Conflict in the Boardroom?

By Eric Seidel, CEO
The Media Trainers®

Conflict and controversy.

Two staples of the news media diet. Even when neither exists, you might find them fishing for one or both anyway.

And when they dangle their hooks, often they try baiting you with something someone else might have said, suggesting there’s more to the story than you’re willing to tell. This third person technique is a favorite since it often can be used ambiguously yet seems credible and legitimate, as well.

Business reporters can lean on analyst comments, for instance, just as CNBC’s Mark Haines did recently interviewing the new head of Anheuser-Busch Inbev, the Belgium-based beverage company that recently bought the St. Louis brewery.

Is there a culture clash inside the company, Haines asked, where the new owners are more of a “fly coach” mindset as opposed to the former first class style of Bud’s executives? Haines, of course, attributed the suggestion to a Wall Street analyst.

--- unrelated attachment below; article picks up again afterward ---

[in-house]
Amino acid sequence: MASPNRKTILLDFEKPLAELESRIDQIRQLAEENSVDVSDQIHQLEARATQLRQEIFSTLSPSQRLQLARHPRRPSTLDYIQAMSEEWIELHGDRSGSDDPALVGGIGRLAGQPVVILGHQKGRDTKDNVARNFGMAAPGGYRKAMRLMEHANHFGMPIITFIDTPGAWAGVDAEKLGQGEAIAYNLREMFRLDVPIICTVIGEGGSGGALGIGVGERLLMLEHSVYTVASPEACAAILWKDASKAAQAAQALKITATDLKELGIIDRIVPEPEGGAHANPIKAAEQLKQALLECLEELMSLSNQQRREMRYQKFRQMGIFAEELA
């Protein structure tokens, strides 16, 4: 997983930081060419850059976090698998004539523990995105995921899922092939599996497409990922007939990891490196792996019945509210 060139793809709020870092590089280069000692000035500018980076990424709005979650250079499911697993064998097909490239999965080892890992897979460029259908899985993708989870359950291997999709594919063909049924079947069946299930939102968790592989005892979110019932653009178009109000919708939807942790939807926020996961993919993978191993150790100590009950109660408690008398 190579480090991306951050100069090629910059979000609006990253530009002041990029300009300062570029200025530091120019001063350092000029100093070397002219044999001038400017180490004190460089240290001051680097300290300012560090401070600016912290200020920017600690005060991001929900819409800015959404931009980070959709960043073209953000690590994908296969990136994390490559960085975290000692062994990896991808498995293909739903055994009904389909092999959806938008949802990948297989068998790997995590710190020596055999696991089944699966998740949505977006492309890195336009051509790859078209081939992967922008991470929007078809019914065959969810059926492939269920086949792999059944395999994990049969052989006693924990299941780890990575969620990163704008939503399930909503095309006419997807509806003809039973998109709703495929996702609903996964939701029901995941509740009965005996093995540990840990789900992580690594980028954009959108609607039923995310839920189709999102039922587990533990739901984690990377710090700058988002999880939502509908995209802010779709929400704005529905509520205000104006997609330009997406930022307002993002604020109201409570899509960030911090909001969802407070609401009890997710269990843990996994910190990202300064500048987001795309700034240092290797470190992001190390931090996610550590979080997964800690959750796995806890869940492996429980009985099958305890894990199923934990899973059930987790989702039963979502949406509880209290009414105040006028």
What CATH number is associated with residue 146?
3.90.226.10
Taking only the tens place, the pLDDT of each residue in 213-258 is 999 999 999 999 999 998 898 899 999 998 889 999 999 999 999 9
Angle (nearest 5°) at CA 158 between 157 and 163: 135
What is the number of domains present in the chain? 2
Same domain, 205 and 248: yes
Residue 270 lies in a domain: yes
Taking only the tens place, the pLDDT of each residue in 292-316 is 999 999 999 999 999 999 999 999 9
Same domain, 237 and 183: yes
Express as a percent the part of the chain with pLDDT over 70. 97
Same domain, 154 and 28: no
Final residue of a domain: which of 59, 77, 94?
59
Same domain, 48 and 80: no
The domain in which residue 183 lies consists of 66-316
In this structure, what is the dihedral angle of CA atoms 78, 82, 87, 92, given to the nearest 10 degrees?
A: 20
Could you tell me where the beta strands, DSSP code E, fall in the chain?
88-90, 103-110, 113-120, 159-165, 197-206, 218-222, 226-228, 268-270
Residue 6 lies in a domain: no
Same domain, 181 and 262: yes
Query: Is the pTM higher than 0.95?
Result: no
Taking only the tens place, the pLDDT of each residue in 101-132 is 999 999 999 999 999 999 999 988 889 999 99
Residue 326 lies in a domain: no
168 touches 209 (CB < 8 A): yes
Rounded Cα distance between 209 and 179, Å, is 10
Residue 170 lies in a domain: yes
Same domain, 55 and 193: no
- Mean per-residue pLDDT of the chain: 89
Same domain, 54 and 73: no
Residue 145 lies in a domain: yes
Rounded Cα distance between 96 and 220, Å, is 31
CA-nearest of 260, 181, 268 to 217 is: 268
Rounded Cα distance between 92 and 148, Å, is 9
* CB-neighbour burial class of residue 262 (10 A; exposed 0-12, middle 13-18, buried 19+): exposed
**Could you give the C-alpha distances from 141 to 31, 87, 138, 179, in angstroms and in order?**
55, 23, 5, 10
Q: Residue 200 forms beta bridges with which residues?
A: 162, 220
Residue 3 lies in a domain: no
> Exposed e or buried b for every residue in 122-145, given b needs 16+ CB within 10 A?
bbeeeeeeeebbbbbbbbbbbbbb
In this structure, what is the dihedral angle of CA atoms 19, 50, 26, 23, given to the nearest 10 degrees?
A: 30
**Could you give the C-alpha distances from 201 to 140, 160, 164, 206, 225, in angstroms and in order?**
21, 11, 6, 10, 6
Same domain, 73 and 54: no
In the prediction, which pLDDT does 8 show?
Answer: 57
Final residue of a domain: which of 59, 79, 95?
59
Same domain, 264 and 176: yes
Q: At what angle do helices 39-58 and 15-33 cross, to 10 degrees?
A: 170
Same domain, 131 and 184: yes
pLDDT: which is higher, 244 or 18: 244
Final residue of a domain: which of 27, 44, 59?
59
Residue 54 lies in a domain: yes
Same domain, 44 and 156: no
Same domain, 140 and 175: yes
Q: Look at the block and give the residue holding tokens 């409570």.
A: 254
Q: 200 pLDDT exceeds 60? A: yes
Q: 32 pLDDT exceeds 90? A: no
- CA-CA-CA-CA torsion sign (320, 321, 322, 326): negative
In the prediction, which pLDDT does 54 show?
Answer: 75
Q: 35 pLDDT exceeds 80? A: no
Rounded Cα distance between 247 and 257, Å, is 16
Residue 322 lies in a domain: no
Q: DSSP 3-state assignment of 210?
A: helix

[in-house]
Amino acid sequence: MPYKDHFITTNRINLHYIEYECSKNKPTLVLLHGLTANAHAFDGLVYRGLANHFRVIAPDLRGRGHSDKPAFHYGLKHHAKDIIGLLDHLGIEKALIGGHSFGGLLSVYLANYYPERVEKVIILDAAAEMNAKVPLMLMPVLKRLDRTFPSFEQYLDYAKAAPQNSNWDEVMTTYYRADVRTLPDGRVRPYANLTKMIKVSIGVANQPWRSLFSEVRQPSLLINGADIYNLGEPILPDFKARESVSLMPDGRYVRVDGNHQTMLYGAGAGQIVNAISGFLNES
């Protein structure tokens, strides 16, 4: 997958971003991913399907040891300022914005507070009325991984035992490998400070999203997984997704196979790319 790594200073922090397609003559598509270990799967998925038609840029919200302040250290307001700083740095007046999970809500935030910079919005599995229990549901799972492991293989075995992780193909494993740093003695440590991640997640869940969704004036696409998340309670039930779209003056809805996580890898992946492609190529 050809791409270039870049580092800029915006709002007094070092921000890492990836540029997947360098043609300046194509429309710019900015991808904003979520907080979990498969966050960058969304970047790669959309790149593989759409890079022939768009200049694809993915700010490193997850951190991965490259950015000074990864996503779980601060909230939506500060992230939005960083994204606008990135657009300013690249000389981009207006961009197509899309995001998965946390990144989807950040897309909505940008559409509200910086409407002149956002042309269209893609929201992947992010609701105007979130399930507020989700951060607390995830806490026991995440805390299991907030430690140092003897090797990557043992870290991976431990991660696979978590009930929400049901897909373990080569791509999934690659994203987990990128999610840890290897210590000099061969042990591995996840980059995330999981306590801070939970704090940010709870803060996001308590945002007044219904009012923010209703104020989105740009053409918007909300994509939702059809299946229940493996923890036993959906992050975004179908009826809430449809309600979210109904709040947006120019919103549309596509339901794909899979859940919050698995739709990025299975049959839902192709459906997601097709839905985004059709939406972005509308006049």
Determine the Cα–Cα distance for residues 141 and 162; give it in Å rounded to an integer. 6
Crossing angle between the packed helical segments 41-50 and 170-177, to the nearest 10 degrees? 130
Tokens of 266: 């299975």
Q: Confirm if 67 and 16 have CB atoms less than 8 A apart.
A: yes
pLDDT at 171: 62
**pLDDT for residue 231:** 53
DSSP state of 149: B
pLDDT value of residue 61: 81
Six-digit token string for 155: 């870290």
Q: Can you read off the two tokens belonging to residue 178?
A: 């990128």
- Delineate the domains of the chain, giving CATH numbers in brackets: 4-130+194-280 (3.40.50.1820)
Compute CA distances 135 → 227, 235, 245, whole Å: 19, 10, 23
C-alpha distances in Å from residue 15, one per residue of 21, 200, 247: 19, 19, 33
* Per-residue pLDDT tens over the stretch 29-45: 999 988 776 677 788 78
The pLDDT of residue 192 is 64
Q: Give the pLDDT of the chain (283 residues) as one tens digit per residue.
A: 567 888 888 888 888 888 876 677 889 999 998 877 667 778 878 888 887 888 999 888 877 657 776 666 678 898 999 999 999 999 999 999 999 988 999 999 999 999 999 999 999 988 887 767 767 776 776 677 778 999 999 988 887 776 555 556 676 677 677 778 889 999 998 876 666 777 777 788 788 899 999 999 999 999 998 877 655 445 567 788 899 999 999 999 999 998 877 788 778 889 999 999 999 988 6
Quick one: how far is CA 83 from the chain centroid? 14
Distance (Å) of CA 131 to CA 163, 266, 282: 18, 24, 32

But CEO Carlos Brito didn’t bite. Instead, he very smoothly lined up his company with its customers and a clear message to those amorphous analysts: “We try to emulate what our consumers do. They fly commercial, I fly commercial…They’re our bosses.” (Click on video below to see and hear the question and answer.)

Brito’s answer was an excellent example of focus. He had a clear vision of who were his real, and intended, audiences in this interview and Mark Haines was not among them. Haines and his co-anchor served only as his conduit.

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